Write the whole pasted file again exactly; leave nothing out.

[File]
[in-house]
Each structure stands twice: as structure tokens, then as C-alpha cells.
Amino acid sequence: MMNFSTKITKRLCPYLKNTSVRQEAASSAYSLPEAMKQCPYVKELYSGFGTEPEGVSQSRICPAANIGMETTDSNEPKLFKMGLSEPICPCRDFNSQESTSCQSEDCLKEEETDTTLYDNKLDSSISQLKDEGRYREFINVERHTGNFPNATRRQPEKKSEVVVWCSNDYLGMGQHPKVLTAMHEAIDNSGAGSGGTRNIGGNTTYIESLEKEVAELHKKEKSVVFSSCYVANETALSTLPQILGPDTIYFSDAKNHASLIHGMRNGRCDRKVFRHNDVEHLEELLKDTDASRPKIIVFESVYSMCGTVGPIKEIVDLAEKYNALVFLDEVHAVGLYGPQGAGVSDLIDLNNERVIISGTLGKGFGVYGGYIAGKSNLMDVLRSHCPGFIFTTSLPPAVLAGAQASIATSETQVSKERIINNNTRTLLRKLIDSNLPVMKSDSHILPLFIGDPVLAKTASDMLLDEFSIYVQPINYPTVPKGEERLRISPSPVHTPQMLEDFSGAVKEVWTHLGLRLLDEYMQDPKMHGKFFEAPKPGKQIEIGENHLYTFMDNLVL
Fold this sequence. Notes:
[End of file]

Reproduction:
[in-house]
Each structure stands twice: as structure tokens, then as C-alpha cells.
Amino acid sequence: MMNFSTKITKRLCPYLKNTSVRQEAASSAYSLPEAMKQCPYVKELYSGFGTEPEGVSQSRICPAANIGMETTDSNEPKLFKMGLSEPICPCRDFNSQESTSCQSEDCLKEEETDTTLYDNKLDSSISQLKDEGRYREFINVERHTGNFPNATRRQPEKKSEVVVWCSNDYLGMGQHPKVLTAMHEAIDNSGAGSGGTRNIGGNTTYIESLEKEVAELHKKEKSVVFSSCYVANETALSTLPQILGPDTIYFSDAKNHASLIHGMRNGRCDRKVFRHNDVEHLEELLKDTDASRPKIIVFESVYSMCGTVGPIKEIVDLAEKYNALVFLDEVHAVGLYGPQGAGVSDLIDLNNERVIISGTLGKGFGVYGGYIAGKSNLMDVLRSHCPGFIFTTSLPPAVLAGAQASIATSETQVSKERIINNNTRTLLRKLIDSNLPVMKSDSHILPLFIGDPVLAKTASDMLLDEFSIYVQPINYPTVPKGEERLRISPSPVHTPQMLEDFSGAVKEVWTHLGLRLLDEYMQDPKMHGKFFEAPKPGKQIEIGENHLYTFMDNLVL
Fold this sequence. Notes: